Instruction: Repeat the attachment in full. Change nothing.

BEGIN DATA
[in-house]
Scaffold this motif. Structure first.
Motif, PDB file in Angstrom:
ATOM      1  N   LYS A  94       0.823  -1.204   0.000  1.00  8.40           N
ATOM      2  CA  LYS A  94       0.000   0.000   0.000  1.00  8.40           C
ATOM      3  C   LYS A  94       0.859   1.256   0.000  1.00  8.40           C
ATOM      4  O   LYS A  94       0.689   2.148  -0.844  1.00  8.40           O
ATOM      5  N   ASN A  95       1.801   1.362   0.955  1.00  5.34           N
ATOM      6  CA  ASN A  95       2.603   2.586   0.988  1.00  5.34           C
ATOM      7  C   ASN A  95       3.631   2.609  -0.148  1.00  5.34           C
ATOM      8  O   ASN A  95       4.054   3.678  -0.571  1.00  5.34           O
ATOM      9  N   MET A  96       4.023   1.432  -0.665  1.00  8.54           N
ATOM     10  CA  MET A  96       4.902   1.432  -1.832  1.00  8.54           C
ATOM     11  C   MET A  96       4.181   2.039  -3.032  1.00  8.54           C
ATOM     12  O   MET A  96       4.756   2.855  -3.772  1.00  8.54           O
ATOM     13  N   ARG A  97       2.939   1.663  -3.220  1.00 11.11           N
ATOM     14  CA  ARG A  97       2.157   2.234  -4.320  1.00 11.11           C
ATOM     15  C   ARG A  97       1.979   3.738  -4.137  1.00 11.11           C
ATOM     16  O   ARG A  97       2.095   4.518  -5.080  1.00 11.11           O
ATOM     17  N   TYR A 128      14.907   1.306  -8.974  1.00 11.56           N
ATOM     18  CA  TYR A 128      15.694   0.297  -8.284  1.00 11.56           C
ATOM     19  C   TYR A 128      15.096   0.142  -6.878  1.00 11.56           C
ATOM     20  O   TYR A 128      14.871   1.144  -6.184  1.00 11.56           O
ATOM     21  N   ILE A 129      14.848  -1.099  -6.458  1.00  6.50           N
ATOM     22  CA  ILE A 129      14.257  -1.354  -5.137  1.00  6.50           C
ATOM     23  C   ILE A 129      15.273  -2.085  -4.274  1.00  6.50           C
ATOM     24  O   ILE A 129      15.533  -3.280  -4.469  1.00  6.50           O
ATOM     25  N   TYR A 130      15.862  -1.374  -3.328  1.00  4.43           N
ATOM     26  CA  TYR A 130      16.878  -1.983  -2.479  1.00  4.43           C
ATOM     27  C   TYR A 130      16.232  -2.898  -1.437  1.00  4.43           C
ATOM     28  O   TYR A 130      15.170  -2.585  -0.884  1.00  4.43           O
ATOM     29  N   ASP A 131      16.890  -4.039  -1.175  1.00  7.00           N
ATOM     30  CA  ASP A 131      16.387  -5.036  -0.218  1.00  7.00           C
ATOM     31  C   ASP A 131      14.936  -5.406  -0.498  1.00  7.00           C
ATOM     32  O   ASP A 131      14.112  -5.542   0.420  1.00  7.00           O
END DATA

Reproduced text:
[in-house]
Scaffold this motif. Structure first.
Motif, PDB file in Angstrom:
ATOM      1  N   LYS A  94       0.823  -1.204   0.000  1.00  8.40           N
ATOM      2  CA  LYS A  94       0.000   0.000   0.000  1.00  8.40           C
ATOM      3  C   LYS A  94       0.859   1.256   0.000  1.00  8.40           C
ATOM      4  O   LYS A  94       0.689   2.148  -0.844  1.00  8.40           O
ATOM      5  N   ASN A  95       1.801   1.362   0.955  1.00  5.34           N
ATOM      6  CA  ASN A  95       2.603   2.586   0.988  1.00  5.34           C
ATOM      7  C   ASN A  95       3.631   2.609  -0.148  1.00  5.34           C
ATOM      8  O   ASN A  95       4.054   3.678  -0.571  1.00  5.34           O
ATOM      9  N   MET A  96       4.023   1.432  -0.665  1.00  8.54           N
ATOM     10  CA  MET A  96       4.902   1.432  -1.832  1.00  8.54           C
ATOM     11  C   MET A  96       4.181   2.039  -3.032  1.00  8.54           C
ATOM     12  O   MET A  96       4.756   2.855  -3.772  1.00  8.54           O
ATOM     13  N   ARG A  97       2.939   1.663  -3.220  1.00 11.11           N
ATOM     14  CA  ARG A  97       2.157   2.234  -4.320  1.00 11.11           C
ATOM     15  C   ARG A  97       1.979   3.738  -4.137  1.00 11.11           C
ATOM     16  O   ARG A  97       2.095   4.518  -5.080  1.00 11.11           O
ATOM     17  N   TYR A 128      14.907   1.306  -8.974  1.00 11.56           N
ATOM     18  CA  TYR A 128      15.694   0.297  -8.284  1.00 11.56           C
ATOM     19  C   TYR A 128      15.096   0.142  -6.878  1.00 11.56           C
ATOM     20  O   TYR A 128      14.871   1.144  -6.184  1.00 11.56           O
ATOM     21  N   ILE A 129      14.848  -1.099  -6.458  1.00  6.50           N
ATOM     22  CA  ILE A 129      14.257  -1.354  -5.137  1.00  6.50           C
ATOM     23  C   ILE A 129      15.273  -2.085  -4.274  1.00  6.50           C
ATOM     24  O   ILE A 129      15.533  -3.280  -4.469  1.00  6.50           O
ATOM     25  N   TYR A 130      15.862  -1.374  -3.328  1.00  4.43           N
ATOM     26  CA  TYR A 130      16.878  -1.983  -2.479  1.00  4.43           C
ATOM     27  C   TYR A 130      16.232  -2.898  -1.437  1.00  4.43           C
ATOM     28  O   TYR A 130      15.170  -2.585  -0.884  1.00  4.43           O
ATOM     29  N   ASP A 131      16.890  -4.039  -1.175  1.00  7.00           N
ATOM     30  CA  ASP A 131      16.387  -5.036  -0.218  1.00  7.00           C
ATOM     31  C   ASP A 131      14.936  -5.406  -0.498  1.00  7.00           C
ATOM     32  O   ASP A 131      14.112  -5.542   0.420  1.00  7.00           O